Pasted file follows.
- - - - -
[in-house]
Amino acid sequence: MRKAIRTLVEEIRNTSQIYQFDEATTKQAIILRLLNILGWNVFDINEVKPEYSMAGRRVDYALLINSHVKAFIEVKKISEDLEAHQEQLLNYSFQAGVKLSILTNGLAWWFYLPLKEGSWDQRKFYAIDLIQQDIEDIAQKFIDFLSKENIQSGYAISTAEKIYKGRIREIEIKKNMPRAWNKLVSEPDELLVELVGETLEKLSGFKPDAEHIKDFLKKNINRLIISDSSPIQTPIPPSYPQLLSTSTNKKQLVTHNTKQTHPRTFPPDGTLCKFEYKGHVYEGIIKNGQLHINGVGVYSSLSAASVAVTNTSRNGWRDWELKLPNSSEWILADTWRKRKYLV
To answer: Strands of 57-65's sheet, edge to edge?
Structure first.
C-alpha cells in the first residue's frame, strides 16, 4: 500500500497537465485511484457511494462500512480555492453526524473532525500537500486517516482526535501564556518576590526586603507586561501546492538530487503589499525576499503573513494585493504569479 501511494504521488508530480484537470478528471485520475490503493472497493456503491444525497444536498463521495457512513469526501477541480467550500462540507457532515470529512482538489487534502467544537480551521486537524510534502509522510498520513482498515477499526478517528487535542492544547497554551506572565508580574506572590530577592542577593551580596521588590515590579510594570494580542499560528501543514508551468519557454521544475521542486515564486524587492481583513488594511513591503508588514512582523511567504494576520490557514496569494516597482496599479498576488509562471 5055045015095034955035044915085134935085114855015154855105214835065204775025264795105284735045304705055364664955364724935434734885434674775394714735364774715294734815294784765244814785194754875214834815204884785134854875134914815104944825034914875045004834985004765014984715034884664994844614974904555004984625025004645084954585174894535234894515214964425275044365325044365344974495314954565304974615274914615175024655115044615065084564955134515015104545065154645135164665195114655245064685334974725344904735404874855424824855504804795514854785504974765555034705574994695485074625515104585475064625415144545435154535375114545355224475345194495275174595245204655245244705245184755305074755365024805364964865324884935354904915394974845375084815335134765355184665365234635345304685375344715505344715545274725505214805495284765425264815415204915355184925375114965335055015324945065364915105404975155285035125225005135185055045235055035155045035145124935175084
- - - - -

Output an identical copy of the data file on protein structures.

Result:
[in-house]
Amino acid sequence: MRKAIRTLVEEIRNTSQIYQFDEATTKQAIILRLLNILGWNVFDINEVKPEYSMAGRRVDYALLINSHVKAFIEVKKISEDLEAHQEQLLNYSFQAGVKLSILTNGLAWWFYLPLKEGSWDQRKFYAIDLIQQDIEDIAQKFIDFLSKENIQSGYAISTAEKIYKGRIREIEIKKNMPRAWNKLVSEPDELLVELVGETLEKLSGFKPDAEHIKDFLKKNINRLIISDSSPIQTPIPPSYPQLLSTSTNKKQLVTHNTKQTHPRTFPPDGTLCKFEYKGHVYEGIIKNGQLHINGVGVYSSLSAASVAVTNTSRNGWRDWELKLPNSSEWILADTWRKRKYLV
To answer: Strands of 57-65's sheet, edge to edge?
Structure first.
C-alpha cells in the first residue's frame, strides 16, 4: 500500500497537465485511484457511494462500512480555492453526524473532525500537500486517516482526535501564556518576590526586603507586561501546492538530487503589499525576499503573513494585493504569479 501511494504521488508530480484537470478528471485520475490503493472497493456503491444525497444536498463521495457512513469526501477541480467550500462540507457532515470529512482538489487534502467544537480551521486537524510534502509522510498520513482498515477499526478517528487535542492544547497554551506572565508580574506572590530577592542577593551580596521588590515590579510594570494580542499560528501543514508551468519557454521544475521542486515564486524587492481583513488594511513591503508588514512582523511567504494576520490557514496569494516597482496599479498576488509562471 5055045015095034955035044915085134935085114855015154855105214835065204775025264795105284735045304705055364664955364724935434734885434674775394714735364774715294734815294784765244814785194754875214834815204884785134854875134914815104944825034914875045004834985004765014984715034884664994844614974904555004984625025004645084954585174894535234894515214964425275044365325044365344974495314954565304974615274914615175024655115044615065084564955134515015104545065154645135164665195114655245064685334974725344904735404874855424824855504804795514854785504974765555034705574994695485074625515104585475064625415144545435154535375114545355224475345194495275174595245204655245244705245184755305074755365024805364964865324884935354904915394974845375084815335134765355184665365234635345304685375344715505344715545274725505214805495284765425264815415204915355184925375114965335055015324945065364915105404975155285035125225005135185055045235055035155045035145124935175084